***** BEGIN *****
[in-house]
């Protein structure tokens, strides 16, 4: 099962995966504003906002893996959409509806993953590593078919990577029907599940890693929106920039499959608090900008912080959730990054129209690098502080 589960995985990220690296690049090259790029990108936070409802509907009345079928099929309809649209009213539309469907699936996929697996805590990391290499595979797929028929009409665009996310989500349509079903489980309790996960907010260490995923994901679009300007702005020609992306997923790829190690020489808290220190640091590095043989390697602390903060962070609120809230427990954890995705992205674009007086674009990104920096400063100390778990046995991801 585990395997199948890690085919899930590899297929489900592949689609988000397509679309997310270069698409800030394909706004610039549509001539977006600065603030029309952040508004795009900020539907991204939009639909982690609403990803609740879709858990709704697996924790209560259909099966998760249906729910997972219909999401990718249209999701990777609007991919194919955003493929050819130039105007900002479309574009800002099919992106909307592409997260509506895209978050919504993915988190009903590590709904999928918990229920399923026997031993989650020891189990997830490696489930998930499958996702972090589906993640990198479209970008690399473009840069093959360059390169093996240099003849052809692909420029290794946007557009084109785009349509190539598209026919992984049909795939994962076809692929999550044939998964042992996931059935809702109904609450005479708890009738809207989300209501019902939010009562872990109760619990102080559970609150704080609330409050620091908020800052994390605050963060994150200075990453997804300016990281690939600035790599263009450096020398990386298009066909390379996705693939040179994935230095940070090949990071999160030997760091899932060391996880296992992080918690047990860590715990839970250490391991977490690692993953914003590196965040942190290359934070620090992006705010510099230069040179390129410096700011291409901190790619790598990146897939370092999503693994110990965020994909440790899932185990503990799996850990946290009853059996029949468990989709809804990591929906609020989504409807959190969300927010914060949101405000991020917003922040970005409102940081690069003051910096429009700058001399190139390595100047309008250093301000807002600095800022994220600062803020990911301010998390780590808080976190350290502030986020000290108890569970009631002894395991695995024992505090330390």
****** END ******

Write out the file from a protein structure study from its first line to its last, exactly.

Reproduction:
[in-house]
């Protein structure tokens, strides 16, 4: 099962995966504003906002893996959409509806993953590593078919990577029907599940890693929106920039499959608090900008912080959730990054129209690098502080 589960995985990220690296690049090259790029990108936070409802509907009345079928099929309809649209009213539309469907699936996929697996805590990391290499595979797929028929009409665009996310989500349509079903489980309790996960907010260490995923994901679009300007702005020609992306997923790829190690020489808290220190640091590095043989390697602390903060962070609120809230427990954890995705992205674009007086674009990104920096400063100390778990046995991801 585990395997199948890690085919899930590899297929489900592949689609988000397509679309997310270069698409800030394909706004610039549509001539977006600065603030029309952040508004795009900020539907991204939009639909982690609403990803609740879709858990709704697996924790209560259909099966998760249906729910997972219909999401990718249209999701990777609007991919194919955003493929050819130039105007900002479309574009800002099919992106909307592409997260509506895209978050919504993915988190009903590590709904999928918990229920399923026997031993989650020891189990997830490696489930998930499958996702972090589906993640990198479209970008690399473009840069093959360059390169093996240099003849052809692909420029290794946007557009084109785009349509190539598209026919992984049909795939994962076809692929999550044939998964042992996931059935809702109904609450005479708890009738809207989300209501019902939010009562872990109760619990102080559970609150704080609330409050620091908020800052994390605050963060994150200075990453997804300016990281690939600035790599263009450096020398990386298009066909390379996705693939040179994935230095940070090949990071999160030997760091899932060391996880296992992080918690047990860590715990839970250490391991977490690692993953914003590196965040942190290359934070620090992006705010510099230069040179390129410096700011291409901190790619790598990146897939370092999503693994110990965020994909440790899932185990503990799996850990946290009853059996029949468990989709809804990591929906609020989504409807959190969300927010914060949101405000991020917003922040970005409102940081690069003051910096429009700058001399190139390595100047309008250093301000807002600095800022994220600062803020990911301010998390780590808080976190350290502030986020000290108890569970009631002894395991695995024992505090330390």